For business leaders, failure is going to happen. As nice as it would be to have a smooth, easy path to success as a business leader, failure is an inevitable part of the process. Walt Disney's first animation studio ended in bankruptcy. Sara Blakely couldn't get a manufacturer to take her Spanx clothing line seriously for years.
Today, however, there is little doubt that these entrepreneurs built highly successful companies. A combination of determination and the ability to learn from earlier failures was key to their eventual success.
A mentor taught me that failure isn't final, failure is feedback. It is a chance to gain valuable feedback and make improvements for the future. By learning from the failures that all business leaders face at some point in their careers, you can gain the knowledge and experience you need to pave a path for future success.
1. Resistance to change
When you've stumbled upon a strong business idea, it's only natural that you would want to stay in the same lane, doing the same thing for as long as possible. Business leaders have a tendency to get comfortable with their current systems and practices, especially if they have brought good results in the past.
Unfortunately, this can leave your company less equipped to adapt to an ever-changing marketplace. As the Harvard Business Review notes, the failure of Kodak didn't occur because technology changed -- Kodak failed because its leadership was unwilling to embrace a new business environment.
Not only do leaders need to think about changing their behaviors or business strategies, they also have to be willing to put this kind of change into practice. During a recent email exchange on brand growth, Imran Tariq, CEO of Webmetrix Group, wrote to me, "Business leaders need to develop an agile mindset, especially in the digital age. Being slow to change can be costly, but failing to change at all will prove fatal."
Tariq has raised more than $400 million to acquire and scale seven-figure companies, so his quick note hit home for me on a personal level, as I've struggled with the building of my own leadership development company. Yes, older methods of creating revenue and implementing new learning solutions still work, but the signs of change are written on the wall. It's no different in your industry -- it just comes down to how open you are to change.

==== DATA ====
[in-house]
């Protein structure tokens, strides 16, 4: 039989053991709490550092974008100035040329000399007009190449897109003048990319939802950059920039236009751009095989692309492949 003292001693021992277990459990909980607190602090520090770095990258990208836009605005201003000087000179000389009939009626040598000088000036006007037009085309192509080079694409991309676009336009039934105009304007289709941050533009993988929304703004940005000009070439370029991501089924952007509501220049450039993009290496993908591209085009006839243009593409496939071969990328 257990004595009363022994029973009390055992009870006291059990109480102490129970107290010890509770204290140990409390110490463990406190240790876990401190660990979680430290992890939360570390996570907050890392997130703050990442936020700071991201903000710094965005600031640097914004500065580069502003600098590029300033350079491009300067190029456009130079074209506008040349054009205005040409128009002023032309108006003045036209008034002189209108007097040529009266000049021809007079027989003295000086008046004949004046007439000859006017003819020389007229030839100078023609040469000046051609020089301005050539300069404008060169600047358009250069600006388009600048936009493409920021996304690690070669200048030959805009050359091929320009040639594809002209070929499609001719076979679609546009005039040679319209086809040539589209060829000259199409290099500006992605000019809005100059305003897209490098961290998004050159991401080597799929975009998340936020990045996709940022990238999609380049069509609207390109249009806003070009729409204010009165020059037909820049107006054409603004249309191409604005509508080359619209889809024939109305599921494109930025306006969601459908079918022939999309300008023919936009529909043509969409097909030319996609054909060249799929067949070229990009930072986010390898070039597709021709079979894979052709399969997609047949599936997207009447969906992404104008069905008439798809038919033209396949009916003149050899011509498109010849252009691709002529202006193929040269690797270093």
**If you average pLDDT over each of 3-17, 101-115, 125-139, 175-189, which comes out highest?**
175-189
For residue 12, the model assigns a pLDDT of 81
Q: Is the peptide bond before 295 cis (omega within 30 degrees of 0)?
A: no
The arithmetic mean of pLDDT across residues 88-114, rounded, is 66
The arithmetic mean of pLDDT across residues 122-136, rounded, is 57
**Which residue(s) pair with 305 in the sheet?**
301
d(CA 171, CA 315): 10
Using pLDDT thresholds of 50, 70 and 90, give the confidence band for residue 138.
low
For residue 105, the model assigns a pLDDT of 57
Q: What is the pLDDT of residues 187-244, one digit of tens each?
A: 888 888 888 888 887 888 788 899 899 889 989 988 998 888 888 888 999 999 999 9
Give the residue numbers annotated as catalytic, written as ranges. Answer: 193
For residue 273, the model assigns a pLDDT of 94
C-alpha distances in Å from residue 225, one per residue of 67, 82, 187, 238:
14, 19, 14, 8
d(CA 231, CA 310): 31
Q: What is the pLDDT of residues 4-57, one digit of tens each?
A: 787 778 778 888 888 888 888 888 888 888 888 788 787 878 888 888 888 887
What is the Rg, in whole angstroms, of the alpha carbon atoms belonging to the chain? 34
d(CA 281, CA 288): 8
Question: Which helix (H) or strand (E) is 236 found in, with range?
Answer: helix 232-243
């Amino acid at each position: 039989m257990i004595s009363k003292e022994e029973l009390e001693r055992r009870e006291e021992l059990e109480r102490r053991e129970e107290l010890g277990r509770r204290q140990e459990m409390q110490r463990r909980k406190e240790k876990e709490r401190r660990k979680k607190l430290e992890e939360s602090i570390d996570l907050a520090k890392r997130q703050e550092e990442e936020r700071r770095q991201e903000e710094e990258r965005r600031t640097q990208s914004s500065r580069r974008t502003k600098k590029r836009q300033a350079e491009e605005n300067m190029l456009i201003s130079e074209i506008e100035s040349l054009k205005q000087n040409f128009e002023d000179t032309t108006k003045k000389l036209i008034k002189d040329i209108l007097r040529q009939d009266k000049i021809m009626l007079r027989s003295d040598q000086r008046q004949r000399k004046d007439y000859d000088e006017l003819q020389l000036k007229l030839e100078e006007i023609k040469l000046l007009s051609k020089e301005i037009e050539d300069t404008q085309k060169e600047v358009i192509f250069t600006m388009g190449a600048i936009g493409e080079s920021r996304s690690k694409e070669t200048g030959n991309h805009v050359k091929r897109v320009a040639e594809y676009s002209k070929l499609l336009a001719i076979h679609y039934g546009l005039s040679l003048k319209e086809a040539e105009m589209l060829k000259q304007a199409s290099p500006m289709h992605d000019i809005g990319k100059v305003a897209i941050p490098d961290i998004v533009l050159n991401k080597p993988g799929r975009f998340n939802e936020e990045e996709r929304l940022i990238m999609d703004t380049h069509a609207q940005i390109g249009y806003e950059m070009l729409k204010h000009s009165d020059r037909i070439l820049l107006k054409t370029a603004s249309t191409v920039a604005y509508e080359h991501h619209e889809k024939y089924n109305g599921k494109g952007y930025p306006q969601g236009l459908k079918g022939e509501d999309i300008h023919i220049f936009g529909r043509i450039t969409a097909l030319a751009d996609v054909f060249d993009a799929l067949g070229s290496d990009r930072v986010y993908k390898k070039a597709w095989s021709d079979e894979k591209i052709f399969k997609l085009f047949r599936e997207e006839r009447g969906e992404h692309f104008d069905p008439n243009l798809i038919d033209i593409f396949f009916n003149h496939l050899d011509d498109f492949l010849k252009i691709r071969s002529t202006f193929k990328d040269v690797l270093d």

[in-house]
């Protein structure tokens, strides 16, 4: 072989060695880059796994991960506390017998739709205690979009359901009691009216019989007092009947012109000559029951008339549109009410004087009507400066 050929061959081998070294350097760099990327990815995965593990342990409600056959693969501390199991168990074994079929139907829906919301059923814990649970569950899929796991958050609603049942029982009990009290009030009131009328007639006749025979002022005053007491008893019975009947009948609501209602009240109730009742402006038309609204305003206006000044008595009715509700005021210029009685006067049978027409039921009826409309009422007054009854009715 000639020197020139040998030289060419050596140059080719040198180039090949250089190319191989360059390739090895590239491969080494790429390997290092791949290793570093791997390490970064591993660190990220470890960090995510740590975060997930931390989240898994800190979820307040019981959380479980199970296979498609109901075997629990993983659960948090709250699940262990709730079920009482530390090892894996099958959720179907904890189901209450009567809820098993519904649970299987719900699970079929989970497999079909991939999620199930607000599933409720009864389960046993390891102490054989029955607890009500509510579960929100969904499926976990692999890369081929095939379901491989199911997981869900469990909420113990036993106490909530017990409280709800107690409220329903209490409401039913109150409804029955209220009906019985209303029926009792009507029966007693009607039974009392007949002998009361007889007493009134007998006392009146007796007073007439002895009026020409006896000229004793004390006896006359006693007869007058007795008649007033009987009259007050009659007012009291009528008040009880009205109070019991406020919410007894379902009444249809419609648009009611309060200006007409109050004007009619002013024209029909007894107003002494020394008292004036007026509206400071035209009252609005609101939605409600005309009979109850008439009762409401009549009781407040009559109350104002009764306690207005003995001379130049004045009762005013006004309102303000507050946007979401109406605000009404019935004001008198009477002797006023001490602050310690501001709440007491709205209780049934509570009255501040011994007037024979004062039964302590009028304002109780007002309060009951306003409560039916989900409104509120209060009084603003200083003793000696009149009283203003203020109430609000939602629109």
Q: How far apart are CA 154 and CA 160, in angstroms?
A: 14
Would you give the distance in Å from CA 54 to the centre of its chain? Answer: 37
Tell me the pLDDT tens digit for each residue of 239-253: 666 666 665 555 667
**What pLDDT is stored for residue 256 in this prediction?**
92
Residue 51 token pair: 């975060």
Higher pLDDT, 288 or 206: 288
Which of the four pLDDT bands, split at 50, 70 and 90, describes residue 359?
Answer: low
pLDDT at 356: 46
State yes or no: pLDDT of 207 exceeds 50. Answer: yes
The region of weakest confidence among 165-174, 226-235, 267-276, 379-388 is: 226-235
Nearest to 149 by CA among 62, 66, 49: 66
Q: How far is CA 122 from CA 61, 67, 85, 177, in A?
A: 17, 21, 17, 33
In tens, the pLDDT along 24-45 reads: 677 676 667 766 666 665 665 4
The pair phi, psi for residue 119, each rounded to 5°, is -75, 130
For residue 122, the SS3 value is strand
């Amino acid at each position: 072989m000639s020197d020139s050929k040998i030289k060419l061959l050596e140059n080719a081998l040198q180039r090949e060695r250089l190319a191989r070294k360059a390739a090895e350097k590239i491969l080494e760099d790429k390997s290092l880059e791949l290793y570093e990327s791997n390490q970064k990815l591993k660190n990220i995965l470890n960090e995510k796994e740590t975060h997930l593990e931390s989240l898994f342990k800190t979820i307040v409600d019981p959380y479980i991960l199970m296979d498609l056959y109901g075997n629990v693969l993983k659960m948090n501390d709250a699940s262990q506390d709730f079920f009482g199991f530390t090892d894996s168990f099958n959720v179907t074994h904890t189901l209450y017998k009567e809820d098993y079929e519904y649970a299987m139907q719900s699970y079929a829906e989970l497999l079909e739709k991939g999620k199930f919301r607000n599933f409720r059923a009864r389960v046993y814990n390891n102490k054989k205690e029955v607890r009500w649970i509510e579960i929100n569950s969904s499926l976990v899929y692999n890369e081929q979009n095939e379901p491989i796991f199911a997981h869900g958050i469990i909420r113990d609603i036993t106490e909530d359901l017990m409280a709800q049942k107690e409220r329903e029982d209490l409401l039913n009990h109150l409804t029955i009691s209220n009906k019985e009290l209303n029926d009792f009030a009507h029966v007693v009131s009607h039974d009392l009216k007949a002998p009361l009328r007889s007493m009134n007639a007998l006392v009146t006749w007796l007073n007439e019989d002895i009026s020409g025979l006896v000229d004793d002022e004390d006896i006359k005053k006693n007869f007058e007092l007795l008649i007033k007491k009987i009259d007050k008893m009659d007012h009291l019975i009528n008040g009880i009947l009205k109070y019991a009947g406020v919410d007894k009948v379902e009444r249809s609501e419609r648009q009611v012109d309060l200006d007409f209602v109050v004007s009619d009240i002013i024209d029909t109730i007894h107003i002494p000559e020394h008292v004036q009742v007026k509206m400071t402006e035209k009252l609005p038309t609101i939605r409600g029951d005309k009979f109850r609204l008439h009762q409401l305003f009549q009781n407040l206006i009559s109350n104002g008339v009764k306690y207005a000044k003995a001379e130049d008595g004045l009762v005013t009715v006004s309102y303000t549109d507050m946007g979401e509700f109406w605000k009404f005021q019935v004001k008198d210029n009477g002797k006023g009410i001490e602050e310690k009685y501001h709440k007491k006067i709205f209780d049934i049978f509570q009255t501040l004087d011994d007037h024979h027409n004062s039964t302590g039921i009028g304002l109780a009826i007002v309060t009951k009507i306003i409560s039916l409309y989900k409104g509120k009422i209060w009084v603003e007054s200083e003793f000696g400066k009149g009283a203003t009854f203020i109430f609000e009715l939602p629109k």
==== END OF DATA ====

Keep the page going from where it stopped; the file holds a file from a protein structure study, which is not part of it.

2. Financial miscues
Business leaders have the bulk of the responsibility when it comes to managing finances, which can prove to be both a blessing and a curse. Some CEOs view their company budget as gospel, and are unwilling to change it even when market conditions demand it. Others get too excited about potential investments, throwing away money in an attempt to chase the next big thing.
Both extremes can prove damaging for your business in the long run, and will undoubtedly cause your finances to sink into the red. For startups, this can prove fatal.
Eventually, every leader will either make bad investments or refuse to chase good investments. Use these failures to help you understand which investments are truly worthwhile.
3. Bad hires
Even if you have an intensive process in place for vetting potential hires, you never know if someone will live up to expectations until they have actually joined your team. No matter how good of a judge you may think you are, every business leader will make a bad hire at some point.
Even when hiring for low-level positions, a single bad hire can prove extremely costly -- the U.S. Department of Labor estimates that a bad hire can result in losses equal to 30 percent of the person's first-year salary.
The consequences aren't just financial, either. They take a toll on you emotionally. I have made multiple bad hires in my day leading a company and it's hard not to take it personally. You not only are putting the person you have hired in a bad position, but it's also difficult for other members of your team to pick up the slack of team members who leave.
As painful as a bad hire can be, this can present a valuable learning experience that helps you hire better in the future. Just keep in mind this quote from Simon Sinek, which has become my guide: "You don't hire for skills, you hire for attitude. You can always teach skills."
Yes, failure can be frustrating. It can lead to significant financial losses, and possibly even the end of a current business endeavor. But, remember, failure isn't final. Failure is feedback.